The Financial Conduct Authority (FCA) has revealed plans to ban banks from charging high overdraft fees.
In the last year alone, banks have earned more than £2.4 billion from such fees.
The watchdog said it plans to ensure a more simple approach to borrowing, where the cost will be simple with a single interest rate. Prices will be advertised in a standard way and more will be done to help those financially struggling.
“Today we are proposing to make the biggest intervention in the overdraft market for a generation,” said Andrew Baily, the FCA’s chief executive.
“These changes would provide greater protection for the millions of people who use an overdraft, particularly the most vulnerable. It is clear to us that the way banks manage and charge for overdrafts needed fundamental reform.”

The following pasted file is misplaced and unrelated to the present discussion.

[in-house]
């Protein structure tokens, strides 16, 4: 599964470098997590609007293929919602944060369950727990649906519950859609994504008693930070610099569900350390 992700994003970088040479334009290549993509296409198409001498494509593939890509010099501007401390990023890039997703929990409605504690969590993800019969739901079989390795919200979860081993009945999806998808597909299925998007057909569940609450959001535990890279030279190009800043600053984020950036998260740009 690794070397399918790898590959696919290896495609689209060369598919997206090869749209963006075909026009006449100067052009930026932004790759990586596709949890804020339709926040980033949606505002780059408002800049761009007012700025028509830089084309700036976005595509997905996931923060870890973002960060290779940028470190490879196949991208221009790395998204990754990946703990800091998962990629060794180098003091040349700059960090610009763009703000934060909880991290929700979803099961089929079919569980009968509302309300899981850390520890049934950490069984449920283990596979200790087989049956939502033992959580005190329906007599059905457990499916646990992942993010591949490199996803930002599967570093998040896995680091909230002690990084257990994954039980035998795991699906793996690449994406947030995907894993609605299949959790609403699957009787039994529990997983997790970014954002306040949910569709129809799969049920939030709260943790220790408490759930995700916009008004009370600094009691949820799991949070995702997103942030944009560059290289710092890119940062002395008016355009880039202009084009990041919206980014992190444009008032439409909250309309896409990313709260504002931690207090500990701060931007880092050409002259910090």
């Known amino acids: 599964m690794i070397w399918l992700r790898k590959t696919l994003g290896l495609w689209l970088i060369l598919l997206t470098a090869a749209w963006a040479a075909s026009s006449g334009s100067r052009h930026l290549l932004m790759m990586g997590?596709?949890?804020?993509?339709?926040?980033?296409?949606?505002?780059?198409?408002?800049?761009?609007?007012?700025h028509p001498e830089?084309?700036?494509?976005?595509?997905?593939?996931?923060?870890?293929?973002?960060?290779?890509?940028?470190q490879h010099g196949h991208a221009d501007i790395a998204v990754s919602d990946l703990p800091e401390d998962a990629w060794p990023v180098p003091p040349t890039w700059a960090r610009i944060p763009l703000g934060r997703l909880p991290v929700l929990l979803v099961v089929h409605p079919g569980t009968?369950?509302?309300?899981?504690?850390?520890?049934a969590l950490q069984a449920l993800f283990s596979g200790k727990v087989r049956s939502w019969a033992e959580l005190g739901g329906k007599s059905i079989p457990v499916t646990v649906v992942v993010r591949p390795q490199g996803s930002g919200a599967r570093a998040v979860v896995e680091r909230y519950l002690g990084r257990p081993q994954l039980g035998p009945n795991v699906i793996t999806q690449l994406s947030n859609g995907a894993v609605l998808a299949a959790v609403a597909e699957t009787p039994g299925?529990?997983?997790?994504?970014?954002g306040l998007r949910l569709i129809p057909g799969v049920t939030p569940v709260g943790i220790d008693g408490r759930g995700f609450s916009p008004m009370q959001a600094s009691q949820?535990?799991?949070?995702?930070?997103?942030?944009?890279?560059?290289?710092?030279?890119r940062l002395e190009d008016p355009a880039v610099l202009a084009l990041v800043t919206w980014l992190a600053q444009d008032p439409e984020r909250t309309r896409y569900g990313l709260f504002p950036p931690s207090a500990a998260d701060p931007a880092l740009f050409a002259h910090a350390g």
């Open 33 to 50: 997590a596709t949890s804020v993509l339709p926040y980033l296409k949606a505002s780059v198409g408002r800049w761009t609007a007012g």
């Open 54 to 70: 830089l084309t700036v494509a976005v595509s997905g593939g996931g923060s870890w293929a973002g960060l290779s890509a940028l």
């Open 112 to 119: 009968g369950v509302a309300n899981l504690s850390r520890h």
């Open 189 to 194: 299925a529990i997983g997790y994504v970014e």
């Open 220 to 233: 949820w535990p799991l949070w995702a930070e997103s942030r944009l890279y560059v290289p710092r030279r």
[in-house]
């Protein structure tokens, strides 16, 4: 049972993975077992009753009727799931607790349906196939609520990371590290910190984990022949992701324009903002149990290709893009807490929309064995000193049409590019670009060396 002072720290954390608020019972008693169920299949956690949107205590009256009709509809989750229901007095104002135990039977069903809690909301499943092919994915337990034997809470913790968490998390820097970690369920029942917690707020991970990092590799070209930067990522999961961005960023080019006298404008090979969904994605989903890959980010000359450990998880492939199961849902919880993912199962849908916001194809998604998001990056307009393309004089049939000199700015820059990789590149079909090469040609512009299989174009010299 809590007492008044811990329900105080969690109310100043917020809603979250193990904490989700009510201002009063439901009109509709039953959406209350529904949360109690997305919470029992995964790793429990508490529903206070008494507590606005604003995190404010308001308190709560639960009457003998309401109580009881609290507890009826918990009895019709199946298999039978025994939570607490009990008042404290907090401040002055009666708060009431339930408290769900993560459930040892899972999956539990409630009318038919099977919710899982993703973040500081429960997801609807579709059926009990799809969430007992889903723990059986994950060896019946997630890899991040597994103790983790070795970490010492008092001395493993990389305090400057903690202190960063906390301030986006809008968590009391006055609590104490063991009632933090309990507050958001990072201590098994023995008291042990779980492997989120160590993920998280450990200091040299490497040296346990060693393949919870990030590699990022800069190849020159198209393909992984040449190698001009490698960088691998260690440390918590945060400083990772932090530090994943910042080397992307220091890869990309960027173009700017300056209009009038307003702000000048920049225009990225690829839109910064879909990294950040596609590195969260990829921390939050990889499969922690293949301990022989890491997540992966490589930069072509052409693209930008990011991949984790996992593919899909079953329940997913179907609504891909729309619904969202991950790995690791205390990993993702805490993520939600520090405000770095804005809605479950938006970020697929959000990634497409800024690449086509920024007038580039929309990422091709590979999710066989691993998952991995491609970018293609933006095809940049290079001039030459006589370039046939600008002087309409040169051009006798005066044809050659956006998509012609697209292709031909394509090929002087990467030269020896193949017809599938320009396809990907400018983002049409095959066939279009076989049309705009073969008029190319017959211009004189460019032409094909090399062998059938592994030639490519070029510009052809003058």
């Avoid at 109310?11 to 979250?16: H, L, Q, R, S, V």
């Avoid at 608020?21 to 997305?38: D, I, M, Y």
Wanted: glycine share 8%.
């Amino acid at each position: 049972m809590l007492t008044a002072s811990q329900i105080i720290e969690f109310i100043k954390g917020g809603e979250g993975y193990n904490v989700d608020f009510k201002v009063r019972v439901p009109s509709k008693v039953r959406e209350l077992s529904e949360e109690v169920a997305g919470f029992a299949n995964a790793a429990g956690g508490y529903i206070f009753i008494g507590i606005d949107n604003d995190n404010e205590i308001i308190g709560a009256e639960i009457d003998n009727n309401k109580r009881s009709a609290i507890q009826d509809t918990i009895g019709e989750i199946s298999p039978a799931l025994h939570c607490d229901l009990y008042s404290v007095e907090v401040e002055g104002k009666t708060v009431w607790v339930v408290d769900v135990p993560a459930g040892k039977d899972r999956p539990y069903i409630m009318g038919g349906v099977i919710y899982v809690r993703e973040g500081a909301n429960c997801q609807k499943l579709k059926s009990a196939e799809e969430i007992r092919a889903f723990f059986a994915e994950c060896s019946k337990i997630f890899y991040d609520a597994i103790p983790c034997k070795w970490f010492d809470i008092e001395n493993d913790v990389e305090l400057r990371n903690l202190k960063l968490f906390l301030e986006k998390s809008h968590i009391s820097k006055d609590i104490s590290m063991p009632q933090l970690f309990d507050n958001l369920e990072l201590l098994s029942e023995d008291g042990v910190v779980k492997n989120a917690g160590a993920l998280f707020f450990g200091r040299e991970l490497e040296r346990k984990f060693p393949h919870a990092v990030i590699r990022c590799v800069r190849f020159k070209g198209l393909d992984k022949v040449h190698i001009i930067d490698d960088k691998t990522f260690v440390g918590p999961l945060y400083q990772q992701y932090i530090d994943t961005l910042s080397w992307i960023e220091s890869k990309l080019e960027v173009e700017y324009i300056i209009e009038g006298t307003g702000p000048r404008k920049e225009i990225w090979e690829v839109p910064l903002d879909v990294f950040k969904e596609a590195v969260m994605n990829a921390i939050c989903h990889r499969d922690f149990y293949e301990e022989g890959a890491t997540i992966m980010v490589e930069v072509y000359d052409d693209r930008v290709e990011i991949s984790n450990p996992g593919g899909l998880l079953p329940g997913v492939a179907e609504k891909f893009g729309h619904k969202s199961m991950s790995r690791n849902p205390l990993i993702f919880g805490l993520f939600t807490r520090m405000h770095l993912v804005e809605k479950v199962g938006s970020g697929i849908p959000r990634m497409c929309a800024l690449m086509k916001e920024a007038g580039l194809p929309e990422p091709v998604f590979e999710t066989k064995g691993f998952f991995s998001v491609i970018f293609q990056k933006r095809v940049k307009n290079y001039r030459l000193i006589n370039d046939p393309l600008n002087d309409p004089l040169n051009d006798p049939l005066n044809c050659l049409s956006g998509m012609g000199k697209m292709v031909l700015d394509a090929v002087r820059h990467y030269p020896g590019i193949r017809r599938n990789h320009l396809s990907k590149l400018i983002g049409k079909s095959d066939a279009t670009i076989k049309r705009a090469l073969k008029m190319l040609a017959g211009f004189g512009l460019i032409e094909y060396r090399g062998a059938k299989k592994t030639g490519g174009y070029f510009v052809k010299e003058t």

“We are proposing a series of radical changes to simplify the way banks charge for overdrafts and tackle high charging for unarranged overdrafts. These changes would make overdrafts simpler, fairer, and easier to manage,” he added.
Campaigners have said that the changes are not going far enough to help those that are “overdraft prisoners”.
However, Martin Lewis, founder of moneysavingexpert.com, said the move was a step in the right direction and that abolishing the overdraft fees was “a step in the right direction”.
“Many demonise credit cards, but debit cards are debit cards too when someone is overdrawn, and often they’re far costlier,” he said.
“Now even the regulator, thankfully, is starting to feel that it’s unfair to make society’s poorest pay for others’ banking – via hideous charges designed to entrap people in debt.”
“The FCA’s consultation is on the right track – though our main disappointment is it fails to impose the total cost cap, which it’s applying to other high-cost credit sectors like payday loans and rent-to-own.”
A survey by Which? revealed that the worst fees for unarranged overdrafts come from TSB, Royal Bank of Scotland and NatWest.